Sulfur Dioxide(SO2), belongs to the family of sulfur oxide gases (SOx). SO2, an inert gas, dissolves easily in water and produces a colorless, pungent odor. It is prevalent in volcanoes and spas, and reacts with hydrogen sulfide to form sulfur. SOx gases are formed when fossil fuels such as coal and oil are burned, and are emitted largely from power plants, heating devices, metal smelters, refineries and other industrial processes.

A high concentration of SO2 may temporarily cause difficulty in breathing for the elderly and children who take part in outdoor activities or those who suffer from asthma. It is known that those exposed to SO2 at high concentrations are likely to suffer from respiratory ailments and aggravated cardiovascular disease. As the main culprit in acid rain, along with NOx, SO2 also contributes to the acidification of the soil. Problems associated with SOx are not confined to areas from which SOx are emitted because it can be carried long distances by the wind. Worse yet, these gases cause damage to plant tissues, especially veins, decrease visibility, as well as accelerate the corrosion of structures and monuments.

Carbon monoxide(CO) is a colorless, odorless toxic gas, and is generated by the incomplete burning of carbon in fuel. The gas is emitted mainly from the transportation sector, and other contributors to CO emissions include industrial processes, non-road sources, natural sources including forest fires, and indoor emission sources such as cooking, smoking and heating.

CO transforms hemoglobin, an oxygen carrier into COHb, and thereby, disrupts the delivery of oxygen to the body's tissues. A high concentration of CO is toxic and may be fatal even to healthy people.

Nitrogen dioxide(NO2), a reddish brown gas with its high reactivity, is generated during the oxidation of NO and also acts as a precursor which reacts with VOCs (volatile organic compounds) in the air to form O3. The major sources of NO2 emissions are high-temperature combustion processes including motor vehicles and power plants, as well as chemical production processes. NO2 can also be formed naturally, for example, by bacteria in the soil.

When it comes to the impact of NOx (nitrogen oxides) on the human body, NO2 is much more harmful than NO. It has been reported that those who are exposed to a high concentration of NO2 could develop not only mucosal diseases in their eyes or nose, but also chronic bronchitis, pneumonia, and pulmonary hemorrhage and edema. Furthermore, NO2 causes severe damage to plant cells, causing brown or dark brown speckles on the petals of flowers.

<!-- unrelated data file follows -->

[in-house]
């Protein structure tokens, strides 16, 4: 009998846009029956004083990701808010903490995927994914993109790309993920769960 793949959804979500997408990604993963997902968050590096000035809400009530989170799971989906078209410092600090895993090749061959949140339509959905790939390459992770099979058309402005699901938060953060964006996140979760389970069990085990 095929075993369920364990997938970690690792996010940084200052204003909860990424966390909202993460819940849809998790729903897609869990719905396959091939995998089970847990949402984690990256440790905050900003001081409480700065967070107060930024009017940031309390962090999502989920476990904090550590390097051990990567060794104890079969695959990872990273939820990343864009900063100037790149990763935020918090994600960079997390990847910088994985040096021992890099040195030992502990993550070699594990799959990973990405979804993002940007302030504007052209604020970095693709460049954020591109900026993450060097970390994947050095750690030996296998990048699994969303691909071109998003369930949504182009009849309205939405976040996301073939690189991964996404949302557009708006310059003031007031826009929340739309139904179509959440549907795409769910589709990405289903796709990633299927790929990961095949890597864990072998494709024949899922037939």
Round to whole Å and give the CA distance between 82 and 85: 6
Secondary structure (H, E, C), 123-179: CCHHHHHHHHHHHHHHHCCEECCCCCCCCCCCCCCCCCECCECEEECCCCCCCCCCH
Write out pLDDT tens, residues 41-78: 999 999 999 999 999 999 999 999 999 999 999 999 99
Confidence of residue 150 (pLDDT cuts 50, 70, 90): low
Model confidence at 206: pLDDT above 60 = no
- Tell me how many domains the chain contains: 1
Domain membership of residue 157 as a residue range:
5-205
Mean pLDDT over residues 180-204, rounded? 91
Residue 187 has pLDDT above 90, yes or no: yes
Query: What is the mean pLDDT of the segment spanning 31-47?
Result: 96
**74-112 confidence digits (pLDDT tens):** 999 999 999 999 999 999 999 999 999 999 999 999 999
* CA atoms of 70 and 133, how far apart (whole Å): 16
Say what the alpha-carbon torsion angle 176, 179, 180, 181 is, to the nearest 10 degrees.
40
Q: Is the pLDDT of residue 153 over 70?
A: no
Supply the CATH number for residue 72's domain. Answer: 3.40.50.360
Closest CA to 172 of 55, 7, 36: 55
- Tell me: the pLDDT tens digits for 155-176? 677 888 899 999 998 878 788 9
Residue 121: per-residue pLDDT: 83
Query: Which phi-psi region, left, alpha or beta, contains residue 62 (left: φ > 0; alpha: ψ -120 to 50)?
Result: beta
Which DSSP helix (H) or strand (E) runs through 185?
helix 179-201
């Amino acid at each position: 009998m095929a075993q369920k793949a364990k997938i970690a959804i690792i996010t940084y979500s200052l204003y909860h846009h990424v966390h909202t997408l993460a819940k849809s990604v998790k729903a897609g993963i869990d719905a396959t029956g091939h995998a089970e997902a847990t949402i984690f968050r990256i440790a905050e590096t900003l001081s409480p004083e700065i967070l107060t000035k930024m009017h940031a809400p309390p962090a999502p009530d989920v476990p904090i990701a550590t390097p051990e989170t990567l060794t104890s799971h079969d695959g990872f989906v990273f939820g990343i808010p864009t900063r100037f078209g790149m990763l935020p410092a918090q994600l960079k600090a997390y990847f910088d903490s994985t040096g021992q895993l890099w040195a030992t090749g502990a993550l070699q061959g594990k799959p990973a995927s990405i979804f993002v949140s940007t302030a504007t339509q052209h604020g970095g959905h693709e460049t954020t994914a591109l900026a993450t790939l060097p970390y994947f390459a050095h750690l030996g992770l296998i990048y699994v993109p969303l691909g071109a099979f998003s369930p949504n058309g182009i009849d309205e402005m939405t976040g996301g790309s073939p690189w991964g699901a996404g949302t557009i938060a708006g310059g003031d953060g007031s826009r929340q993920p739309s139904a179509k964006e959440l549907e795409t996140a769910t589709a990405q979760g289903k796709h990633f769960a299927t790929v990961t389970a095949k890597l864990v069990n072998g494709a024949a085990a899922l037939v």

Ozone(O3) is a photochemical oxidant such as PANs, aldehyde, and acrolein which are formed during the photochemical reaction of NOx and VOCs in the presence of sunlight, and is classified as a secondary pollutant. VOCs, a precursor, are emitted from various sources such as motor vehicles and industrial facilities including chemical plants and refineries. They are also formed naturally.

Repeated exposure to O3 could cause lung damage, chest pains, coughs, nausea, throat irritation and indigestion, while aggravating bronchitis, cardiac disorders, pulmonary emphysema and asthma and reducing lung capacity. Patients with asthma and respiratory ailments, the elderly and children are particularly vulnerable to O3, thus they should avoid day-long outdoor activities. Moreover, O3 causes leaf damage in many plant species, thereby decreasing the productivity of crops and forests.

Particulate Matter(PM-10) is a mixture of airborne solid particles and liquid droplets. These particles take various shapes and sizes as they are emitted not only from natural sources, but also from various fixed or mobile sources. PM-10 is either directly emitted from such sources or indirectly generated from gases such as SOx and NOx.

They aggravate respiratory diseases like asthma and weaken the functions of the lungs. Furthermore, they reduce visibility, disturb the metabolism of plants after remaining on the leaf, and particularly cause the corrosion of historic relics or statues.